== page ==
Caustic Song file (optional):
So you send a burst of noise through a delay-filter feedback loop, with the delay time determining the note played, and bam, you've got a plucked string, yeah?
So a normal delay is probably going to be too long to be useful (although the first person to make a melody by using a normal delay module and modulating the *tempo* of the song gets a cookie,) but one of the quirks of a digital modular synthesizer is that it takes time to process all the modules.
The modules are processed left to right, top to bottom, so the only delay we can get is by placing the next module in the signal flow to the left of the previous module. Lucky for us that's a somewhat usable almost a quarter tone below an F.
All we can do is change the number of delays the signal goes through before it reaches the filter, so if that low C# sounds a little out of tune, that's because we're making notes on the SUBharmonic series, isn't that some shit? en.m.wikipedia.org/wiki/Undertone_series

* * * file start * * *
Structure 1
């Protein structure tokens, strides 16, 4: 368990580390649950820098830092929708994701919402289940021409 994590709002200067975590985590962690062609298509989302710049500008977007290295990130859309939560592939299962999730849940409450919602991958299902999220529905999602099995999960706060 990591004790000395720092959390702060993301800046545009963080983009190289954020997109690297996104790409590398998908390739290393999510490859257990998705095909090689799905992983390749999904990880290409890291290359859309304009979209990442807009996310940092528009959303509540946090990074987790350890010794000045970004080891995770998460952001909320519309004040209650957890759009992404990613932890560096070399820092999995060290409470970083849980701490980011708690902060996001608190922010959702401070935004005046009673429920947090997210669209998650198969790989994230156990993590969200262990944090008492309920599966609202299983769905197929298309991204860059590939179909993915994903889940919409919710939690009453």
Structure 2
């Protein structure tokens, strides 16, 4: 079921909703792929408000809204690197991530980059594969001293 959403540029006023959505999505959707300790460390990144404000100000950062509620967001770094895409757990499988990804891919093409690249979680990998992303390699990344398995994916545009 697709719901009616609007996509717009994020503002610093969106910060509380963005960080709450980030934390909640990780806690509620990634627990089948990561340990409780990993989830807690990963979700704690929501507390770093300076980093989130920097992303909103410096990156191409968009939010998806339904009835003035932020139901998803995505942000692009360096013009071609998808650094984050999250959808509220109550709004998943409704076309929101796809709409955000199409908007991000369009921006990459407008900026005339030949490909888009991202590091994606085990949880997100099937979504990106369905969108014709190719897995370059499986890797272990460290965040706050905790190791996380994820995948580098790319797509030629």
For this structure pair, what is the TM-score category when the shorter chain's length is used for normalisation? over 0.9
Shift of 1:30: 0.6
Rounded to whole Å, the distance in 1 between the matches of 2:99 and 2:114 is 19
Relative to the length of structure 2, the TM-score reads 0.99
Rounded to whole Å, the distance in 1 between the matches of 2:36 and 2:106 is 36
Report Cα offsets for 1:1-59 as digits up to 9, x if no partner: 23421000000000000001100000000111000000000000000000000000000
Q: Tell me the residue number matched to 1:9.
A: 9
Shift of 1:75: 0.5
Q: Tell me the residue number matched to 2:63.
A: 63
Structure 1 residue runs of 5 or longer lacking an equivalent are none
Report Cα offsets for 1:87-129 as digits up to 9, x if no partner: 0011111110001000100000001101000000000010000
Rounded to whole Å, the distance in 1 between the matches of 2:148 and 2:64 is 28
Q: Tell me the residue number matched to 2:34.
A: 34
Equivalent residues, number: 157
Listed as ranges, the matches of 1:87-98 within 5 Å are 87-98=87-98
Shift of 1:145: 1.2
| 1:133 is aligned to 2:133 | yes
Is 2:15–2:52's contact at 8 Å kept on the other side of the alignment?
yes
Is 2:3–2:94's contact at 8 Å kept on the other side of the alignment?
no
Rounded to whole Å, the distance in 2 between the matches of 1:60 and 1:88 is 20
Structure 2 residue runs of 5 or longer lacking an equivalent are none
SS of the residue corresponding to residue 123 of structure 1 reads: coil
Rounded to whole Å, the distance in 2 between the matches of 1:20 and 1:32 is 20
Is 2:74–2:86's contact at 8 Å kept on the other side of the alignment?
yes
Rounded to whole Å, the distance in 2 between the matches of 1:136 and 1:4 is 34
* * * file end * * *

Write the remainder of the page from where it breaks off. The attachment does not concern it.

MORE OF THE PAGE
The actual modules aren't anything special. A K35 LPF because it's the best at incremental filtering. The delaying modules can be anything, here they're just mixers. The faders on the top right mixer correspond to taps in the signal, the further right, the fewer delays it goes through.
This is a temperemental beast, try not to let it feedback too hard, or at least take off your headphones. You can actually use the decay env itself as the initial exciter, but I think it sounds better with the noise.
P.S. As a bonus, a tuned bandpass filter on some white noise, because I didn't spend two hours tuning it for nothing.